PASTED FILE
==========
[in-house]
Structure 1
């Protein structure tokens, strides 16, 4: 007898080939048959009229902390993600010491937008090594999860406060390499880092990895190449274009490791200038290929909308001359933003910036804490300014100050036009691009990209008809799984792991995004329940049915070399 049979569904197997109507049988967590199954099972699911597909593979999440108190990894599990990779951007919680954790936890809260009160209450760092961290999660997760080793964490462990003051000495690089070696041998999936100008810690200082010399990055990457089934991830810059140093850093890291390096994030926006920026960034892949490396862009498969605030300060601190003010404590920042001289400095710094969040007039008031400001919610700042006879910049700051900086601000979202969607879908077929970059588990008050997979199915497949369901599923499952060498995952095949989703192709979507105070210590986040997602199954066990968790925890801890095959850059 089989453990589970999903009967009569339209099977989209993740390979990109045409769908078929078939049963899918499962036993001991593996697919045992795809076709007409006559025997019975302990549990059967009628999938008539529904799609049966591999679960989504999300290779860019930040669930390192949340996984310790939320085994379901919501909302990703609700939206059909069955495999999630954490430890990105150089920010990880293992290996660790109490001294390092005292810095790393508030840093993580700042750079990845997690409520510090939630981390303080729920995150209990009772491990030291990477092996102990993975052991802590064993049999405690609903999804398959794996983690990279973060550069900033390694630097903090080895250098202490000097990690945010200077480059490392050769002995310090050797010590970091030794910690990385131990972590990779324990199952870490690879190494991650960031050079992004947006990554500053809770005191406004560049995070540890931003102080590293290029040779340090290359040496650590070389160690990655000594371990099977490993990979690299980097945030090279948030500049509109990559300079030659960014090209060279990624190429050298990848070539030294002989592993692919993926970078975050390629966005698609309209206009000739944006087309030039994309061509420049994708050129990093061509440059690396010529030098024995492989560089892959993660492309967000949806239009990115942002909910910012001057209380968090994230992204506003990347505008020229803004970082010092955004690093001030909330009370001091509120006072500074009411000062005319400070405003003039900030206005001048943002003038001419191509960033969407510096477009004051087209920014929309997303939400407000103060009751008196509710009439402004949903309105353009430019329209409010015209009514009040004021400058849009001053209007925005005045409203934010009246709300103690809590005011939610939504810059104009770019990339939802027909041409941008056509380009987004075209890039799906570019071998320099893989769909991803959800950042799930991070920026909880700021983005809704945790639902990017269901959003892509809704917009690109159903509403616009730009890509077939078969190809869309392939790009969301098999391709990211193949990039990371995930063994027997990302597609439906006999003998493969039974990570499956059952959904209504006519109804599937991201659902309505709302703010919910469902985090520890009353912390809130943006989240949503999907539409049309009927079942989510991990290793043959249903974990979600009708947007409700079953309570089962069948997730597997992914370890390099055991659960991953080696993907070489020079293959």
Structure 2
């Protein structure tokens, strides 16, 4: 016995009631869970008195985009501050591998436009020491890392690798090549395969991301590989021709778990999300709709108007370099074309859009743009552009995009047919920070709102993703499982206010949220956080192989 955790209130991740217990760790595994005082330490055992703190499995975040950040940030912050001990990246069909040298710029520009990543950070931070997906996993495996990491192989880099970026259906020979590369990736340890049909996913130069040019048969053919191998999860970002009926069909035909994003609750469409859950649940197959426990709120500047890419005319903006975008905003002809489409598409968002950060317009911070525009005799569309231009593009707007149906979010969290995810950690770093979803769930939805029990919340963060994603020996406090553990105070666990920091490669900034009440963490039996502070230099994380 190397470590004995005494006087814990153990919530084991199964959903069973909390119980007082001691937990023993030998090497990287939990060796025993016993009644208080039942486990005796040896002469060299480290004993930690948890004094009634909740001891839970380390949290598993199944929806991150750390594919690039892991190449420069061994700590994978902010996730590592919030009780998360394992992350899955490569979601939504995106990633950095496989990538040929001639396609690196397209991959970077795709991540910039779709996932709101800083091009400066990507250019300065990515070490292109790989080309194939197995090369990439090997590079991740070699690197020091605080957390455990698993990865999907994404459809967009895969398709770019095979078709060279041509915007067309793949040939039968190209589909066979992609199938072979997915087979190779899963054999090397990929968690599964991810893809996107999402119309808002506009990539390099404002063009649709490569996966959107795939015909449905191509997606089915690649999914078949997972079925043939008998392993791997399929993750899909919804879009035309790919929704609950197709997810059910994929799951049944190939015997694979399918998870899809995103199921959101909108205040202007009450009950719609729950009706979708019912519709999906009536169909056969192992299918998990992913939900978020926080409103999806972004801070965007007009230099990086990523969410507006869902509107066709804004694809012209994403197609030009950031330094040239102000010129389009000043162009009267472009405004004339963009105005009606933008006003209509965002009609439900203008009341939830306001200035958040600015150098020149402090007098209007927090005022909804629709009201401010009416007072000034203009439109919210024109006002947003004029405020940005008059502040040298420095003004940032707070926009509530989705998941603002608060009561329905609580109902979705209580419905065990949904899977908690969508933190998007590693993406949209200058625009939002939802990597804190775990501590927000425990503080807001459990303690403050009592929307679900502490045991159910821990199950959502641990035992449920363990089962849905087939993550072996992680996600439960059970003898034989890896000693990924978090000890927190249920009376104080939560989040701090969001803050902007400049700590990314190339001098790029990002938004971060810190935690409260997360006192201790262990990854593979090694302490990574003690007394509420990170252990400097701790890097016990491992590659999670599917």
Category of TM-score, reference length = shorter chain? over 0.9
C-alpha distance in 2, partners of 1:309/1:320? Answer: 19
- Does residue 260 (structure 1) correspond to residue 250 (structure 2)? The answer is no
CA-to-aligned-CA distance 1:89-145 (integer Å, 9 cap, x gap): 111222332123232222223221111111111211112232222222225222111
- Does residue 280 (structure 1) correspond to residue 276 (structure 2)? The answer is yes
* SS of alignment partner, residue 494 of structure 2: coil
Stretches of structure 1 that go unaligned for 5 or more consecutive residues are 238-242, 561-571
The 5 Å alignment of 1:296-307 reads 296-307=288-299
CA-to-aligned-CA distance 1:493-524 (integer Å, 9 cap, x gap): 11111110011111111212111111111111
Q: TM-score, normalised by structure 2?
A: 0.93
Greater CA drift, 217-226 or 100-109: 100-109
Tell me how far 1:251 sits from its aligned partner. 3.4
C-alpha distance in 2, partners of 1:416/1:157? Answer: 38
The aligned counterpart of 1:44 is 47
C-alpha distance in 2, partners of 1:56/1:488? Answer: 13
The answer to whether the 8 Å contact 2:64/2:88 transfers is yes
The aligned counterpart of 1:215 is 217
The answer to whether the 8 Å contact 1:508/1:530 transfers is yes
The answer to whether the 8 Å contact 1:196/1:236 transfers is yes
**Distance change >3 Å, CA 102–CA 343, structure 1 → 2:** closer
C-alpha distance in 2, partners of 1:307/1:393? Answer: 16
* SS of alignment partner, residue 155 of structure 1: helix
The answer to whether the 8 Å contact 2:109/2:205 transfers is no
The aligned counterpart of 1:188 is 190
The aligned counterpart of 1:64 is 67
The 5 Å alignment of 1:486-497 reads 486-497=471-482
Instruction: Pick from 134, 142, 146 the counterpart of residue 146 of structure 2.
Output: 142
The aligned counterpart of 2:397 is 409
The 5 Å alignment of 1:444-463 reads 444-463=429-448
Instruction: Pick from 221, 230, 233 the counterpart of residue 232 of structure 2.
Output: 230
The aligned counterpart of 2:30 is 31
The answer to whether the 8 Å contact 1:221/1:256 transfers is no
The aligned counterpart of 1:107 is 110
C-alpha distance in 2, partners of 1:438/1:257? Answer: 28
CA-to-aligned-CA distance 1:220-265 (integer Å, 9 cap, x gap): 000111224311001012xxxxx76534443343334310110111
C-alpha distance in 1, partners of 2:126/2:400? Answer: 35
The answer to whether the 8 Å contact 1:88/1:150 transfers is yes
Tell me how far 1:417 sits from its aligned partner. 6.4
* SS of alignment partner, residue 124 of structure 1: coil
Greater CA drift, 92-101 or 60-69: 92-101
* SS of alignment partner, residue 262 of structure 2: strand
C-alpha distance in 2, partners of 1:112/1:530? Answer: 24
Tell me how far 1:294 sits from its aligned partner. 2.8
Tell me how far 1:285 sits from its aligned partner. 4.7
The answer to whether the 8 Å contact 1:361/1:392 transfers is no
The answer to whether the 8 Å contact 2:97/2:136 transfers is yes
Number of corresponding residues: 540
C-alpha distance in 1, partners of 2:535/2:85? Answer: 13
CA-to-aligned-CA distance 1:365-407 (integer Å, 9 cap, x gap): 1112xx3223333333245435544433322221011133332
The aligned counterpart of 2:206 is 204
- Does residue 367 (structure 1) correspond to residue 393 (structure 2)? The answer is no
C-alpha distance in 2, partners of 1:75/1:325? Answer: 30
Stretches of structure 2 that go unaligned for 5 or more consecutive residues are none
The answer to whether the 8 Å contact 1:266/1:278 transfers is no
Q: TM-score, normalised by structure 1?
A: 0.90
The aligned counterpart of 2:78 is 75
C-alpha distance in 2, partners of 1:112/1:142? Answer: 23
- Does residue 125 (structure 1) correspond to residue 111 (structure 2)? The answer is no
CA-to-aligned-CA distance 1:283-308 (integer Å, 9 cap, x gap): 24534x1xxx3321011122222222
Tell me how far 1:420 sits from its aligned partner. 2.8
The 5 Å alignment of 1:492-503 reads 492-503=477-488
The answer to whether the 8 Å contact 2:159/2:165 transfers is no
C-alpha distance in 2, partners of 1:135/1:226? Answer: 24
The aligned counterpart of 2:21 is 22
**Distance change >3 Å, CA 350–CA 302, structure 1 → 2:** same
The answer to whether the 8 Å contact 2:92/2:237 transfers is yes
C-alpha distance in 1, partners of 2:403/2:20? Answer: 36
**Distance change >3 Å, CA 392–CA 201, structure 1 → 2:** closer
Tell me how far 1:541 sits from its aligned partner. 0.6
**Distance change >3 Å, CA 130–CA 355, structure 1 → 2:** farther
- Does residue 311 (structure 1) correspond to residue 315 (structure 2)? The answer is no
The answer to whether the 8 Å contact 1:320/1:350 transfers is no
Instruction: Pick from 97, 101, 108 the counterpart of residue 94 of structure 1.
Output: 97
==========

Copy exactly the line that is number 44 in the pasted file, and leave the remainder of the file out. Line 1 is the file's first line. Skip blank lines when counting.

C-alpha distance in 1, partners of 2:126/2:400? Answer: 35